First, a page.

Cotton, felt, synthetic fibers, dye, paint 
Preservation Long Island purchase, 2020.3

Protest Blanket, 2020

LoVid (2000–present)
Cotton, felt, synthetic fibers, dye, paint
Preservation Long Island purchase, 2020.3

In May of 2020, Preservation Long Island launched the initiative “Preserving the Present: Collecting in the Time of Covid-19” to collect art and objects that tell the diverse stories of Long Islanders living through the COVID-19 pandemic. Later that month, the murder of George Floyd sparked protests across the country against violence towards Black Americans and systemic racism. What developed was one of the most significant civil rights movements in United States history. In response, artists Tali Hinkis of LoVid and Annemarie Waugh organized A Wishful Gesture outside Gallery North in Setauket. According to the artists, the installation was a peaceful symbol that allowed people to show support for Black Americans and unity in our nation during a time of social distancing. Community members were invited to “share wishes of love, peace, and hope by placing flowers, plants, paintings, drawings, sculptures, and messages . . .” This blanket was one of the many works contributed, continuing Long Islanders’ rich history of turning artistic expressions into forms of resistance and protest—from the writings of Jupiter Hammon to other pieces left behind at A Wishful Gesture.

Shinnecock Medallion, 2021

Tohanash Tarrant (Shinnecock, Hopi, Ho-Chunk)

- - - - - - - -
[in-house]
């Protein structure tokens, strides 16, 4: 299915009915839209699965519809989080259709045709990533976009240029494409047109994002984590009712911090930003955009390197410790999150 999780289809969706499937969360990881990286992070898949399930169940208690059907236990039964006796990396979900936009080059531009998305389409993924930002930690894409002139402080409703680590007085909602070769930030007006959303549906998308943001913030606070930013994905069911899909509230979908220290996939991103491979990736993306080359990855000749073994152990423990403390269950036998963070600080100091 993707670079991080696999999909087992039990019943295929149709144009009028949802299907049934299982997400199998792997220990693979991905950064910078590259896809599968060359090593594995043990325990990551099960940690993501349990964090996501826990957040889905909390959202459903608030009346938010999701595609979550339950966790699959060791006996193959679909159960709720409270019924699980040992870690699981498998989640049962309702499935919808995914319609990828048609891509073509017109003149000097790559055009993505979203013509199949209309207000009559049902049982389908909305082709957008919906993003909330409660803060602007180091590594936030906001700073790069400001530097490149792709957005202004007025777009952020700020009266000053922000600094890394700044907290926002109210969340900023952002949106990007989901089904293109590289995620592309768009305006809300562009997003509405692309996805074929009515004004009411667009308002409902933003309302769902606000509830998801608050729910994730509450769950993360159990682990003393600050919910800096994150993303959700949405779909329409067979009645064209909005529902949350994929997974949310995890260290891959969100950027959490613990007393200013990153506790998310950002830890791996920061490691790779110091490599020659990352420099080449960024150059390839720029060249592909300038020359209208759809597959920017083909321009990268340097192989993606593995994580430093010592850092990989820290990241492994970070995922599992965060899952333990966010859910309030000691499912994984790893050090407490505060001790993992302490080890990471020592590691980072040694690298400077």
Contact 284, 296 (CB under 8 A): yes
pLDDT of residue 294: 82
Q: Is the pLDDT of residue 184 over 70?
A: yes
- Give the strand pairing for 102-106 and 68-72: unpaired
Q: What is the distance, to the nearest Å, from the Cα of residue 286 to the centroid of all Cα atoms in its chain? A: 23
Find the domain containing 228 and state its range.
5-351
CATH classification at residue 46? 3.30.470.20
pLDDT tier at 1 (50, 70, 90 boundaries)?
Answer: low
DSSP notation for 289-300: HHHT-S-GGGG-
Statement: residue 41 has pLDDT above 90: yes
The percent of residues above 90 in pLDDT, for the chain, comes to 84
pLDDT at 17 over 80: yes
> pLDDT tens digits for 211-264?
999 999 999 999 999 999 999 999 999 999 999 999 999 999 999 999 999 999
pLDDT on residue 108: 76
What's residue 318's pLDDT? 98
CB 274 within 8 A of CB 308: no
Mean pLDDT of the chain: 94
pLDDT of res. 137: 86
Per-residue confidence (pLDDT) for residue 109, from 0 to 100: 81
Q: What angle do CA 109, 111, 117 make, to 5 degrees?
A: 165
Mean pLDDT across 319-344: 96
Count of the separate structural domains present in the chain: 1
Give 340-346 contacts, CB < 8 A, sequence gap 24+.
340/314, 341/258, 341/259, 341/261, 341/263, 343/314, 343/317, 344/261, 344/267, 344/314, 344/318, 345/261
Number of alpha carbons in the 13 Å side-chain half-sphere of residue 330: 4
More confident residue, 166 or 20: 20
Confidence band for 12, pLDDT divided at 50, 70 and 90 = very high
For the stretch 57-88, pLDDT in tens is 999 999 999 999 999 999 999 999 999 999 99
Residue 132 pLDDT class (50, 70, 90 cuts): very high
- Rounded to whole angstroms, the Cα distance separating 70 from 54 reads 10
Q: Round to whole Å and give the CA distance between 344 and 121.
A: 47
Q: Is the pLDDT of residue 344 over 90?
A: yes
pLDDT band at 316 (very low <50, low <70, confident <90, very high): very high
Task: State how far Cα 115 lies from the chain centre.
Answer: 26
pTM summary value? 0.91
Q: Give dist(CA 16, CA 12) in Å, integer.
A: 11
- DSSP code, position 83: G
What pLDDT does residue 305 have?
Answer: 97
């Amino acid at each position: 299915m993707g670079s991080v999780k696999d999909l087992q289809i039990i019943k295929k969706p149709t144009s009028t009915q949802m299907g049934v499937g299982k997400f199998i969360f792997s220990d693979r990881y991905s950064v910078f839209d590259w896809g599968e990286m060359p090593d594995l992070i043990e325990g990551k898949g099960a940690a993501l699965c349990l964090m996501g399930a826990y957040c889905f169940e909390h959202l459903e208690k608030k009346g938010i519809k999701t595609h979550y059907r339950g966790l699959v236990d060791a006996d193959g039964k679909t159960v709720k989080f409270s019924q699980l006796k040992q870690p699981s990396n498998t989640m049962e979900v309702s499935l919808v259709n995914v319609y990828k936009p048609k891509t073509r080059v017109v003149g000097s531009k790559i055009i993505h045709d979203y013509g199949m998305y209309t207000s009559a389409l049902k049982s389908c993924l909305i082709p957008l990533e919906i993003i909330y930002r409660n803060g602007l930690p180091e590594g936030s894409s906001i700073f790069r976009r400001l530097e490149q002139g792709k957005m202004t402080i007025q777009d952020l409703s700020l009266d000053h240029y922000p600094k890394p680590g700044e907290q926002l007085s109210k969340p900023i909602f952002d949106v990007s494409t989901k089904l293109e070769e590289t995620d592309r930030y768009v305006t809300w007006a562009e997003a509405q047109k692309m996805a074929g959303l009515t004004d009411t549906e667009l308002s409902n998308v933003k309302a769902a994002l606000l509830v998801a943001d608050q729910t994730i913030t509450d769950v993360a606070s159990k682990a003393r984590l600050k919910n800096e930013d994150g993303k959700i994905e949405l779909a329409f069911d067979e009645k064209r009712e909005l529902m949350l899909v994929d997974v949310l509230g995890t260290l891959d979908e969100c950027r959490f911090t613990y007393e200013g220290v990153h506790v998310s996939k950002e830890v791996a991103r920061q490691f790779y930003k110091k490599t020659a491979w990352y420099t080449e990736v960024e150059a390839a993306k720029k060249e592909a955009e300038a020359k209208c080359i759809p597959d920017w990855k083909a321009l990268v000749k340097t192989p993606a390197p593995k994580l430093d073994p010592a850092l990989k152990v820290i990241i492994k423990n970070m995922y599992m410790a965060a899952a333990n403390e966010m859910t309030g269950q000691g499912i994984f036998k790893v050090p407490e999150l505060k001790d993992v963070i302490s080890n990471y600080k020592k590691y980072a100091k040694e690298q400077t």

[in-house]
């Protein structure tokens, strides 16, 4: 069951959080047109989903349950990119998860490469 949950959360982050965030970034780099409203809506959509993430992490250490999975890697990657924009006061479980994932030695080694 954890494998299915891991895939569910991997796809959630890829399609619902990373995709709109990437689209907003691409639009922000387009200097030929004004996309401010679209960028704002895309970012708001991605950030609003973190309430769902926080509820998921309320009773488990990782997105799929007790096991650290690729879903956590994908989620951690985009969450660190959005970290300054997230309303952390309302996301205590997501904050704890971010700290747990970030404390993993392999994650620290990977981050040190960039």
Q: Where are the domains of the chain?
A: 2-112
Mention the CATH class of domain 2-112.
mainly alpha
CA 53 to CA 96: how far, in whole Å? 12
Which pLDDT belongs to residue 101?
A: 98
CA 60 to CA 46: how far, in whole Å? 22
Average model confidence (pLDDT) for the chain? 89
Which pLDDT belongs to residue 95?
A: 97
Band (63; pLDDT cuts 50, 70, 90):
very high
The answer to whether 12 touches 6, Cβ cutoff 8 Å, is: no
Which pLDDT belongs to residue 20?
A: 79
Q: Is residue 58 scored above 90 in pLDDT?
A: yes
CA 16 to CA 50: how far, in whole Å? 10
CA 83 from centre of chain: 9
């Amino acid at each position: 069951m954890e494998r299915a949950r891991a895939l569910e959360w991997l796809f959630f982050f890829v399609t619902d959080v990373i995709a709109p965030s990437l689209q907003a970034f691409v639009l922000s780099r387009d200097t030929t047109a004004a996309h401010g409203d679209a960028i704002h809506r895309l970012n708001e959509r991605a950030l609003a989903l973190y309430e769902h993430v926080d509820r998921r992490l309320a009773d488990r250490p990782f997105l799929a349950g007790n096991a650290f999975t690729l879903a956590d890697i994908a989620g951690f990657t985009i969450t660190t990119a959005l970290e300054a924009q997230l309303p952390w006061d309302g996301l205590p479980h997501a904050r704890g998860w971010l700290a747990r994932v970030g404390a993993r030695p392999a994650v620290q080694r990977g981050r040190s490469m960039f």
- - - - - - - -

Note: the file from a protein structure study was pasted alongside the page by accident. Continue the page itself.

Glass beads, fabric, leather 
Preservation Long Island purchase

The Shinnecock Indian Nation is the only federally recognized tribal community on Long Island. The region, however, is home to many other Native communities, including the New York State-recognized Unkechaugs, as well as the Montauketts, Matinecocks, and Setalcotts. Artist Tohanash Tarrant grew up on the Shinnecock Indian Reservation and comes from a long line of beadwork artists. Today, she owns Thunderbird Designs, which is based on the trading post her great grandparents opened in their front yard as a way to teach and share beadwork and culture. Beadwork is a time-consuming and meticulous art form. The gift of a beaded medallion such as this one would be bestowed upon a recipient for special occasions and worn with pride. This example incorporates the official seal of the Shinnecock Indian Nation. Designed by artist David Bunn Martine (Shinnecock, Montauk, Chiricahua Ft. Sill Apache), it depicts the history of the Shinnecock People.

Sacredness of Hills, 2018

Jeremy Dennis (Shinnecock, Hassanamisco-Nipmuc)
Inkjet print 
Preservation Long Island purchase

The Sacredness of Hills is a series of photographs by Jeremy Dennis, a contemporary fine art photographer and an enrolled member of the Shinnecock Indian Nation. Dennis’s work explores Indigenous identity, culture, and assimilation and the unique experience of living on a sovereign Indian reservation. The series is based upon recurring desecrations surrounding his tribal community in Southampton. In 2018, at a residential building development on Hawthorne Road in the Shinnecock Hills, human remains were found, igniting a movement for the protection of historic Native American burial grounds. The Shinnecock Indian Nation, sister tribes, and local groups, including Preservation Long Island, came together to support local legislation that would place an immediate halt on development and prevent further disturbance of sacred burial sites. After years of rallying and protests, New York finally passed the Unmarked Burial Site Protection Act in 2023, making it a crime to remove, deface, or sell remains or funerary objects associated with Native Americans, African Americans, and Revolutionary War veterans.